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Vermontcozy
Posts: 5,276
Registered: ‎10-20-2008
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Re: The Writing Circle: Final Chapters and Whole Novel


literature wrote:

Ht Vermontcozy,

I know your building "with all the colorful balconies".  We had similar backgrounds.  I grew up in Brooklyn, moved to Queens, then to central NJ where I still live.  I worked at RH Macys on 34th/Herald Square for my last two years in high school.  Went to City College and held various part time jobs in midtown during my four years at college.  I'm now only a 45 minute drive into midtown Manhattan and go there often.  In July I will be taking my two granddaughters into Manhattan for their first visit.  In the next few years I will be looking for a new place but haven't decided on a venue yet.

Literature

 

 


Vermontcozy wrote:

Hi Corinne..I am and I am sure many others would like/love some sort of sequel..I did feel that you have so much more inside of you to tell us..I will read 'Eleven Stories High" Growing up in Stuyvesant Town,1948-1968.My parents had friends that lived there.We lived At The now Part of NYU Law School Housing..The Building with all The colorful Balconies  Then we moved to Brooklyn..My parents bought a House and I missed The City so much..I went to The School of Visual Arts and Then I moved to Calif for school as well A year at The New School and Then lived last address on The Upper West Side  WestEnd Ave and 72nd Street..City Girls...Met my husband a Fordham boy and married and had a Baby 5 years later in Ga..So I traveled a bit..Worked at Bloomigdales during school..Just thought I would post this and I really didn't want TWC to end...I was unsure,then it all clicked Good Luck,Much Success and will Look for you in VT..I keep posting that so maybe your  Publicity Dept will see it...I am in Dorset Vt...we are a bit remote but Busy..at Our Bookstore Close By...Best Susan Vtc.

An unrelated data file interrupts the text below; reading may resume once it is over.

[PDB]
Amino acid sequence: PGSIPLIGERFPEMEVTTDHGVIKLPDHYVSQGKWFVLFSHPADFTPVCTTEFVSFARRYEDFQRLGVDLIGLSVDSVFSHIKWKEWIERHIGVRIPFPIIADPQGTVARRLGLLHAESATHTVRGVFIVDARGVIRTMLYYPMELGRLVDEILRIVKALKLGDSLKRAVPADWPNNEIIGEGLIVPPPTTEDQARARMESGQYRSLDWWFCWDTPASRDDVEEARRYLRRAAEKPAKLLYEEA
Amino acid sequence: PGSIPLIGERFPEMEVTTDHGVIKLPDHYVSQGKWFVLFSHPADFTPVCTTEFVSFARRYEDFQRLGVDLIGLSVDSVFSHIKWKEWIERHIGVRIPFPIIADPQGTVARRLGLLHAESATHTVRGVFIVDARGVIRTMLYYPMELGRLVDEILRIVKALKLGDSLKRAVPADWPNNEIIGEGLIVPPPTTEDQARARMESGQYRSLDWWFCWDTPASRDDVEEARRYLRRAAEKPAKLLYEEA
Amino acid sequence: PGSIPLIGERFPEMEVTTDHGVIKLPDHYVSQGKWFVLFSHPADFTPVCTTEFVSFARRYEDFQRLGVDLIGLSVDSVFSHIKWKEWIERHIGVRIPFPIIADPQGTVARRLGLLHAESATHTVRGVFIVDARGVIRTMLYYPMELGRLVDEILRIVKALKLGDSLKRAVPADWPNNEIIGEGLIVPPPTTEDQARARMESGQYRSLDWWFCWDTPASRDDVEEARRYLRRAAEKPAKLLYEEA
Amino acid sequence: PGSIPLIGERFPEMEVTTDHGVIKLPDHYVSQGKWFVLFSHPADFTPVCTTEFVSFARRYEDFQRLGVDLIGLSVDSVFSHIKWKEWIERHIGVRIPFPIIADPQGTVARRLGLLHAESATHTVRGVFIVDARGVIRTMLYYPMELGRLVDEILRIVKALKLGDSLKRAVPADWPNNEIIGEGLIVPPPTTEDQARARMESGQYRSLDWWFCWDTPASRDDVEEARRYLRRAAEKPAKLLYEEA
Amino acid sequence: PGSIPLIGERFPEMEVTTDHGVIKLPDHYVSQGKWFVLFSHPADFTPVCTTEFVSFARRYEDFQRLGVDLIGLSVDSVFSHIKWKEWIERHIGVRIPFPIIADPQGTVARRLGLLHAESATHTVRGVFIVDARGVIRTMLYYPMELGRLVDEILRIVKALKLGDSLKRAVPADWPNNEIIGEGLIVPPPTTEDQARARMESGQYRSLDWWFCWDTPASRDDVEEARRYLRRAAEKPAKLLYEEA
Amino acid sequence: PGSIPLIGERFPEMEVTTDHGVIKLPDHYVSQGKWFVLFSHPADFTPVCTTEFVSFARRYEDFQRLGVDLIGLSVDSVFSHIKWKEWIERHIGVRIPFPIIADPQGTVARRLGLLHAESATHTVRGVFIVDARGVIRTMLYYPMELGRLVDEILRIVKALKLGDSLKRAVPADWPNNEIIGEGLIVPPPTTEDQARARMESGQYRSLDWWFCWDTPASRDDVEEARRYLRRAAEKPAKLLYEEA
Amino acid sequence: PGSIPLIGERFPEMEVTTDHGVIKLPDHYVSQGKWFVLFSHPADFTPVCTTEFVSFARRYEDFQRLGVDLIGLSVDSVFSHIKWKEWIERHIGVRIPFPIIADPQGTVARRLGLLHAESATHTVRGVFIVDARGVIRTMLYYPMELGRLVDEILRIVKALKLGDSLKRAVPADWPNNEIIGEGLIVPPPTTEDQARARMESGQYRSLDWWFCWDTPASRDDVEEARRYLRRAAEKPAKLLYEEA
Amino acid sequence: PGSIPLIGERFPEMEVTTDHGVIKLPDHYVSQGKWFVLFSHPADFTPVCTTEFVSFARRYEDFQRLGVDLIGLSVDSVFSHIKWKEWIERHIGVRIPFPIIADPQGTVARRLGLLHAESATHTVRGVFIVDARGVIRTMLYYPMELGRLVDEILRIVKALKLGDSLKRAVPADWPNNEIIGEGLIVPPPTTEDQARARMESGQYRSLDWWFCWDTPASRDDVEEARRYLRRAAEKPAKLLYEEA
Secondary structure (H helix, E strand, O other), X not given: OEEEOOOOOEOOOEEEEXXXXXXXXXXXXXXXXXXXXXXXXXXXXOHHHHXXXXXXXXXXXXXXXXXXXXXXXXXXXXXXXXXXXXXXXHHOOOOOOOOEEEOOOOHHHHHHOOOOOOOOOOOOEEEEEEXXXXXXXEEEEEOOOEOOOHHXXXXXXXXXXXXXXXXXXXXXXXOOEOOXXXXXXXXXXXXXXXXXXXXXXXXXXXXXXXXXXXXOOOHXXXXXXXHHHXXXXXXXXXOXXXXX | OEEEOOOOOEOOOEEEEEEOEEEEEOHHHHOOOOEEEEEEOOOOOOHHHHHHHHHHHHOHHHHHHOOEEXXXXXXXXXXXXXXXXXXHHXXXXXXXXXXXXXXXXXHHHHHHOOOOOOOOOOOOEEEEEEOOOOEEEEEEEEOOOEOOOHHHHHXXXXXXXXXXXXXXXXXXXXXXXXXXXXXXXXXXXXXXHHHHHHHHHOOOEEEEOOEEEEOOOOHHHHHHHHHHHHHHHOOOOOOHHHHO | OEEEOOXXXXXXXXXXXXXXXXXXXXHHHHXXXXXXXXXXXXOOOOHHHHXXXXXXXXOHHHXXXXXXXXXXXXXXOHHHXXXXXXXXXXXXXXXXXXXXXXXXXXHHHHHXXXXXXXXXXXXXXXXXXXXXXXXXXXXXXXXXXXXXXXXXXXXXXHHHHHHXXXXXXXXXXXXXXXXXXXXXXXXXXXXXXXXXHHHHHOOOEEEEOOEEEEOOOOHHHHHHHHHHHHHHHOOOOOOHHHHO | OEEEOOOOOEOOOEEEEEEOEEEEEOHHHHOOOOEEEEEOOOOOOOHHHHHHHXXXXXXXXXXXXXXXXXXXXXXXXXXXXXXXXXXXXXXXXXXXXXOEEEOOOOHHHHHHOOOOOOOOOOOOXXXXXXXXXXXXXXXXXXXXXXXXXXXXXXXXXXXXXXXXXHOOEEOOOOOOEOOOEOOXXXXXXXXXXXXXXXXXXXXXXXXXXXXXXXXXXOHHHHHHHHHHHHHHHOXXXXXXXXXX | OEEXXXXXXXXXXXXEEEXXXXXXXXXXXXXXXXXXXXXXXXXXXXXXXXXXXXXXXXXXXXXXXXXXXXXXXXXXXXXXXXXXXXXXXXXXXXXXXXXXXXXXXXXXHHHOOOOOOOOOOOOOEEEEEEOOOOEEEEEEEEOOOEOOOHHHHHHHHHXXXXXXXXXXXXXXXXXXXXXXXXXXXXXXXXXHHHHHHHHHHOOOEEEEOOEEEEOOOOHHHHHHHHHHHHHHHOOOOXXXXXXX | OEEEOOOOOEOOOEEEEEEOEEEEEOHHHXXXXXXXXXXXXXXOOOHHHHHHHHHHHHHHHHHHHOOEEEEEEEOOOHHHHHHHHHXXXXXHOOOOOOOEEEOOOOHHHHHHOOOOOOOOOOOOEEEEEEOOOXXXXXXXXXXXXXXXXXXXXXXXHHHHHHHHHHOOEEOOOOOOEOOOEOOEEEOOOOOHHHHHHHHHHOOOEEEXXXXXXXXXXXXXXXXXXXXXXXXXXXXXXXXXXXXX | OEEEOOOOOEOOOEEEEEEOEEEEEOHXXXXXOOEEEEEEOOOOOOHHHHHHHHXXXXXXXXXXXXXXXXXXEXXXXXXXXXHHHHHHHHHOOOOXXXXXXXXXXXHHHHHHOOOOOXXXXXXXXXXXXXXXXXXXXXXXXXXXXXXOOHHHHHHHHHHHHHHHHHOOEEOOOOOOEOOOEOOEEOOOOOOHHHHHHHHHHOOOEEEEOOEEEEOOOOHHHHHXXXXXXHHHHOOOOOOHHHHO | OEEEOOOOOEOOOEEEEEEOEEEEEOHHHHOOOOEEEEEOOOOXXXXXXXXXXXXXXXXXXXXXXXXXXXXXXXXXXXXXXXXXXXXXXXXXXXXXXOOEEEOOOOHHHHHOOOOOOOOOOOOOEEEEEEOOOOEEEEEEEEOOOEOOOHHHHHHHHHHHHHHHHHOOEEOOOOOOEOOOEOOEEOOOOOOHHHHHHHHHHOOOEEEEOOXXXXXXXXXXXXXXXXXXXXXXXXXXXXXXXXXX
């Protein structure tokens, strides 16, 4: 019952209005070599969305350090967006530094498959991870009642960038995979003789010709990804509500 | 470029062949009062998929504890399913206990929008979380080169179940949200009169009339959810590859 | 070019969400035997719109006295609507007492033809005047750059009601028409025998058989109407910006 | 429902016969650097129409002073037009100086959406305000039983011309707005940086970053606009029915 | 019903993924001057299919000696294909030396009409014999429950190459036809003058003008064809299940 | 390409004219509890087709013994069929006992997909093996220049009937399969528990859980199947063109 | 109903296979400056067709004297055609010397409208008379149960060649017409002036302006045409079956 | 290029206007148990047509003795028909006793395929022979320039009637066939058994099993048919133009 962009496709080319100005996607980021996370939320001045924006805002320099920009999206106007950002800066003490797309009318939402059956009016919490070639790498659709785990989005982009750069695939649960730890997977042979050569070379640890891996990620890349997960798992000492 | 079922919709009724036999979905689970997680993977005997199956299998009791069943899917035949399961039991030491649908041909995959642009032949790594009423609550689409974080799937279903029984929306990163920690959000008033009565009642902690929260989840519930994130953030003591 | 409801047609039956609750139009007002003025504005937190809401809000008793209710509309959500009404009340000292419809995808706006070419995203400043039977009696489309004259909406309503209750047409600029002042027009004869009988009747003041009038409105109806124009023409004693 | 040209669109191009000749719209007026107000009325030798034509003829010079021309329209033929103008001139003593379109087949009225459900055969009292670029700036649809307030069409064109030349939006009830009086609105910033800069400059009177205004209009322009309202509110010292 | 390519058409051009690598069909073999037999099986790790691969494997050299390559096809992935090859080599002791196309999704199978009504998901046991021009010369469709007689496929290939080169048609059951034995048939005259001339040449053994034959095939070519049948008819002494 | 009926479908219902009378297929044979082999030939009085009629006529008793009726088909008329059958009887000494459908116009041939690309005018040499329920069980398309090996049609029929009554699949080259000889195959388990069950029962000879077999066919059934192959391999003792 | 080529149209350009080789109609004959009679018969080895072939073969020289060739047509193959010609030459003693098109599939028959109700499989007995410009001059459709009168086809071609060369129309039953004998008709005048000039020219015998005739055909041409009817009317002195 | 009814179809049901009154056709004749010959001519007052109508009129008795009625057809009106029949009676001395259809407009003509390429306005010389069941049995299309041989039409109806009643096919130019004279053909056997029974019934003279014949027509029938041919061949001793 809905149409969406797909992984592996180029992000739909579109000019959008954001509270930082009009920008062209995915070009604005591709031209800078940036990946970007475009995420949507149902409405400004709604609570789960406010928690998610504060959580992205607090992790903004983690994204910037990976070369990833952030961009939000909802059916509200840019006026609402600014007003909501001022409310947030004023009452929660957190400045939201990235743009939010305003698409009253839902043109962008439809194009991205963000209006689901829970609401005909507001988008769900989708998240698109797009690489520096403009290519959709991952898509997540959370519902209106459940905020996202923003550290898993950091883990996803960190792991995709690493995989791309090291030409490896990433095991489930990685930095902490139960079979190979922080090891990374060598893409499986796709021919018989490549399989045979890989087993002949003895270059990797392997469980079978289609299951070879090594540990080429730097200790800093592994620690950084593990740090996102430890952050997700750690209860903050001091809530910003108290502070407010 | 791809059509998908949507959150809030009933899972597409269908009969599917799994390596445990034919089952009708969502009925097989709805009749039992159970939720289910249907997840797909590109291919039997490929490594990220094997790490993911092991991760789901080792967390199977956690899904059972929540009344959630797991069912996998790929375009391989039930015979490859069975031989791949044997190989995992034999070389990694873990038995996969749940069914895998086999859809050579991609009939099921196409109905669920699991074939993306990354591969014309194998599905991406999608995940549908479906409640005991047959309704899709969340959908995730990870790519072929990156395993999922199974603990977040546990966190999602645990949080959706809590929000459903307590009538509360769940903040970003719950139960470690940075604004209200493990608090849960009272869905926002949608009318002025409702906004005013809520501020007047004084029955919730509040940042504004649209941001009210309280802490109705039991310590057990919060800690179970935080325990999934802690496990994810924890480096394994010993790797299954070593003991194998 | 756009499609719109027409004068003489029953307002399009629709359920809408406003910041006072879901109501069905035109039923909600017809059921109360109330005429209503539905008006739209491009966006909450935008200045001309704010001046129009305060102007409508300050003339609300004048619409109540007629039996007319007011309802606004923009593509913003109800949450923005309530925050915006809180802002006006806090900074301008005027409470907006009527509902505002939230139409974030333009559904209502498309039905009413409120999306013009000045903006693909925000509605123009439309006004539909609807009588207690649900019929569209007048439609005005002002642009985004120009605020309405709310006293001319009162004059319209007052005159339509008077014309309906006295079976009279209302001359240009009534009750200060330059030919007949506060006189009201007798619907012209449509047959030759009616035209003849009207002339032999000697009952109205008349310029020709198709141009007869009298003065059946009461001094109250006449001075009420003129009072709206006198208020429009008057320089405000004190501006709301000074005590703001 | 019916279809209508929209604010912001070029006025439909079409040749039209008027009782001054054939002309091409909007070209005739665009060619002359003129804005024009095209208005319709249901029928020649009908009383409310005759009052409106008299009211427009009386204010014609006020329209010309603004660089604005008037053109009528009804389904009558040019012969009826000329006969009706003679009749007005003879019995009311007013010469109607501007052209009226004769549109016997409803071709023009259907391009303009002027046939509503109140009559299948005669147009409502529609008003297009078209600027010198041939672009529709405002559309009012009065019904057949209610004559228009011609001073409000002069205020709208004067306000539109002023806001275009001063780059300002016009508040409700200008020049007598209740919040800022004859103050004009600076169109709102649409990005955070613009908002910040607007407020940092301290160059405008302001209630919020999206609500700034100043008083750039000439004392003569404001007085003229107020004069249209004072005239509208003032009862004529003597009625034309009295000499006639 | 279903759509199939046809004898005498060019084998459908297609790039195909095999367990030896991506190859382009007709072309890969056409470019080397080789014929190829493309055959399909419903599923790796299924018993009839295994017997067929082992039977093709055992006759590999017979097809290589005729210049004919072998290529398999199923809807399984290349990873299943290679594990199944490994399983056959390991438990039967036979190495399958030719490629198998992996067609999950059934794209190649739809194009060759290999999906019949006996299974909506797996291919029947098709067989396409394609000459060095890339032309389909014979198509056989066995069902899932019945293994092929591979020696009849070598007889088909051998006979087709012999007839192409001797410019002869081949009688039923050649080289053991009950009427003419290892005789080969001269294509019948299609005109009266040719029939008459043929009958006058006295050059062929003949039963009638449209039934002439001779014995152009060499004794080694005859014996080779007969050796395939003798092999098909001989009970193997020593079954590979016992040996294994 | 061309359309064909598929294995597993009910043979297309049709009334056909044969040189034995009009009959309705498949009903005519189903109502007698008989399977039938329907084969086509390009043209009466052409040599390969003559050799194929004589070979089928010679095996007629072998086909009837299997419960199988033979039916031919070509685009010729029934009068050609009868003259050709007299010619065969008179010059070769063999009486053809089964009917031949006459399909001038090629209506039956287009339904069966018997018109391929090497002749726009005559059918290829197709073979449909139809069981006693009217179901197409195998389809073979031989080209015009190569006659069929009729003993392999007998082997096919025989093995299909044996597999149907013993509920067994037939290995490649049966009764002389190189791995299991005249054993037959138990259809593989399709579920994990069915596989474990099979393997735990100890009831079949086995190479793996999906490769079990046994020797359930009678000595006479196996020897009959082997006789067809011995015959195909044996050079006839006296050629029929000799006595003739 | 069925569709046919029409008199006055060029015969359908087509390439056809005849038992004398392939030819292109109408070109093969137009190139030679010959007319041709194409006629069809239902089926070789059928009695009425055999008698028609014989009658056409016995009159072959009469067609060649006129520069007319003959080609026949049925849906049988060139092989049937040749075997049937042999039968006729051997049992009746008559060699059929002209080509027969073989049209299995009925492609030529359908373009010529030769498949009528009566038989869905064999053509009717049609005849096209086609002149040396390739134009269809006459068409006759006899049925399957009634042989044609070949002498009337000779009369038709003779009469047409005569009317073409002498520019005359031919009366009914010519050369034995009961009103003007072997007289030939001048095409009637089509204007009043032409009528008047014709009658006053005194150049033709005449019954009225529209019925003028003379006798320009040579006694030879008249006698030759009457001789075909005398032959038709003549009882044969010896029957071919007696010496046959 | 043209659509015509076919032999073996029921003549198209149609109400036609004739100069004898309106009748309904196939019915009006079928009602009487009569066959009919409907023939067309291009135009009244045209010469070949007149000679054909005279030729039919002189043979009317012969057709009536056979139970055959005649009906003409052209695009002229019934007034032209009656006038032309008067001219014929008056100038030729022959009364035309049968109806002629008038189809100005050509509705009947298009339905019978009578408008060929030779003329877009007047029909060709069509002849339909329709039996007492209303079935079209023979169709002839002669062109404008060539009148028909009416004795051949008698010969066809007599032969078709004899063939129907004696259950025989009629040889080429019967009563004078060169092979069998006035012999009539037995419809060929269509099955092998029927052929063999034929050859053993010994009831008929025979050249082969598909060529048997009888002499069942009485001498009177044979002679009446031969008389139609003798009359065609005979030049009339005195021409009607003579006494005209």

Good Morning  literature..I am such a private person,but I thought I would post this here because of where Corinne grew up.and knowing the similarities..Now you appear..Thats great..Very similar backgrounds I agree..Still Love "Macys"34th Street..Took my Daughter to one Thanksgiving Day Parade..Such Great Memories,all The Museums.Very near and dear to me.....I moved to VT..and find it Peaceful,and full of Culture and the nicest people..Lots of Authors,Artists,from NY live here...Its like a step back in time,but we have lots of shopping..In a Village Like setting... Its a Great place and also not too Far from NY.,NJ..Good Luck in your relocation..You will know.when its the right place for you..Best Susan..I live approx 5 miles from The Equinox Hotel.Manchester Village..05254.I use that as a Landmark and also"Orvis" in Manchester .Main Store  Its a beautiful place ..

..

Kindness,I've discovered,is everything in life...Issac Bashevis Singer